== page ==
September: Harvest Moon


Just as the Romans felt the need to name the months of their calendar and we today feel the need to continue with those names as an easier way of marking the passage of time, so the Native American peoples also named the divisions of their calendars.  Based on the moon’s cycles, each full moon had a name, and the association for the month would last until the next full moon.

September is the month when the main harvest is taken in.  It’s also when nut trees drop their fruits–acorns, hickory nuts, walnuts, and more.  September is generally a markedly cooler month.  This is when many animals of the plains, such as buffalo, elk, etc. grow their winter coat to prepare for the coming cold.  Stocking up for the cold season is the main activity of this month.  The September 2010 full moon is September 23.

The names of the moons give evidence for what each tribal culture considered to be important during that time period, either the influence of the weather, or which animals were prominent, or when their staple crops would grow, or when they could gather ripened food.

Abenaki- Corn Maker Moon

Algonquin– Middle Between Harvest and Eating Corn

Anishnaabe- Rice Moon

Arapaho- Geese Shedding Their Feathers

Cherokee– Nut Moon

Cheyenne–Drying Grass Moon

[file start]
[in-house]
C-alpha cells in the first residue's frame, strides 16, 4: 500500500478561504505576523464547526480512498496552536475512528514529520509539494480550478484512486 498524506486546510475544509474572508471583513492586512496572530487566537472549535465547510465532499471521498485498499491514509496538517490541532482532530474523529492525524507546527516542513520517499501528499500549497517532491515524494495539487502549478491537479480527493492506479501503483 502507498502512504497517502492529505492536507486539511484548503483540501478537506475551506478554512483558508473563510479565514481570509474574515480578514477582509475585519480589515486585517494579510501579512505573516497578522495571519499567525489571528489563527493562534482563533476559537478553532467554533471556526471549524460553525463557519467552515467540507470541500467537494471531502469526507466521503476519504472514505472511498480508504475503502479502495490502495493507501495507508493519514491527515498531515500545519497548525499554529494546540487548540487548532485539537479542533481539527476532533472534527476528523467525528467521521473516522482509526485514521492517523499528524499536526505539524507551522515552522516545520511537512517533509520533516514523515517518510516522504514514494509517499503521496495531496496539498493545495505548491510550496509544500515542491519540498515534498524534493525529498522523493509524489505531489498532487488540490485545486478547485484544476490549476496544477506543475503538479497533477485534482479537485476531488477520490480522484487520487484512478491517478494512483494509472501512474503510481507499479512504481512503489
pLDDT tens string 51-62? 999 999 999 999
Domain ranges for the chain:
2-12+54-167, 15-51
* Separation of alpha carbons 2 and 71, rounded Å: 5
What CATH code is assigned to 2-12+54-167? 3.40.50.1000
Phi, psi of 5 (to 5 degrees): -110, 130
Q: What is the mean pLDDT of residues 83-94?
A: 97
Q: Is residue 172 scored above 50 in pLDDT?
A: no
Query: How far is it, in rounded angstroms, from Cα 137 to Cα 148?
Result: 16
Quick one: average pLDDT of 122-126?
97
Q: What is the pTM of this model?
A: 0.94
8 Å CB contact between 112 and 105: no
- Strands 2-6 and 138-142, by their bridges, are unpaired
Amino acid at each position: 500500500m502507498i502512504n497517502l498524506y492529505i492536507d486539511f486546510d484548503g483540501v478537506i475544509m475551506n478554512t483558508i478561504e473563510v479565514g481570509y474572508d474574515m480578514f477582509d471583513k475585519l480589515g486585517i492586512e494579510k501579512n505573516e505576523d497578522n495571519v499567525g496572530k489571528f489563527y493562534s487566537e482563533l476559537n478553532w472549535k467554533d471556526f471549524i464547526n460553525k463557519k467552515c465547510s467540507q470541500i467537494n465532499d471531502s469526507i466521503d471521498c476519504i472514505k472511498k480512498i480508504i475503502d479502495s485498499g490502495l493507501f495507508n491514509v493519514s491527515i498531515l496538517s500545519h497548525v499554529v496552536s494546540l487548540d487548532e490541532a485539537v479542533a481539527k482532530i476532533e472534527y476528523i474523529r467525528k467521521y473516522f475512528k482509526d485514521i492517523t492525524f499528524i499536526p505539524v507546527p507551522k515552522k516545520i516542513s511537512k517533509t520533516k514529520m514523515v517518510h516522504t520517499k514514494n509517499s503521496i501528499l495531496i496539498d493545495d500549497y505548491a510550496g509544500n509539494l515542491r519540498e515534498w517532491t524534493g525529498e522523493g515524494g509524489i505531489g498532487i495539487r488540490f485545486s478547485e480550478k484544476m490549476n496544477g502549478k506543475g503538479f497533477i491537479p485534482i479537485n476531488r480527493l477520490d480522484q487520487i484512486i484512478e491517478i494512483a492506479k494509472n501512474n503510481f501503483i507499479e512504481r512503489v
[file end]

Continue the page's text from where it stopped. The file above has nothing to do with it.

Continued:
Choctaw– Mulberry Moon; Little Chestnut Moon

Comanche– Paperman Moon

Cree– Snow Goose Moon

Creek- Little Chestnut Moon

Dakota Sioux–Moon When the Calves Grow Hair

Haida– Ice Moon

Hopi– Moon of Full Harvest

Kalapuya– End of Summer

Lakota– Moon of the Brown Leaves

Mohawk– Time of Much Freshness

Omaha–Moon When the Deer Paw the Earth

Pueblo–Moon When the Corn is Taken In

Shawnee- Papaw Moon

Shoshone– Fall

Sioux- Calves Grow Hair

Tlingit–Big Moon

Wishram–Her Acorns Moon

Zuni–Corn is Harvested

Farmer’s Almanac says this month’s moon is also known as Corn Moon, or Harvest Moon.

*I’m not an expert on Native American culture or practices, though I have been interested and studying some of their practices/traditions for many years.  The subject of the Moon Names is a recent area of interest.  Any errors contained in this post are entirely my own, and I apologize for my inadequate intelligence.*

Sources: Farmer’s Almanac, Llewellyn 2010 Witches Datebook, Western Washington University Planetarium

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One response to “September: Harvest Moon

  1. i just saw the moon on that feature..it was so creepy looking at it….

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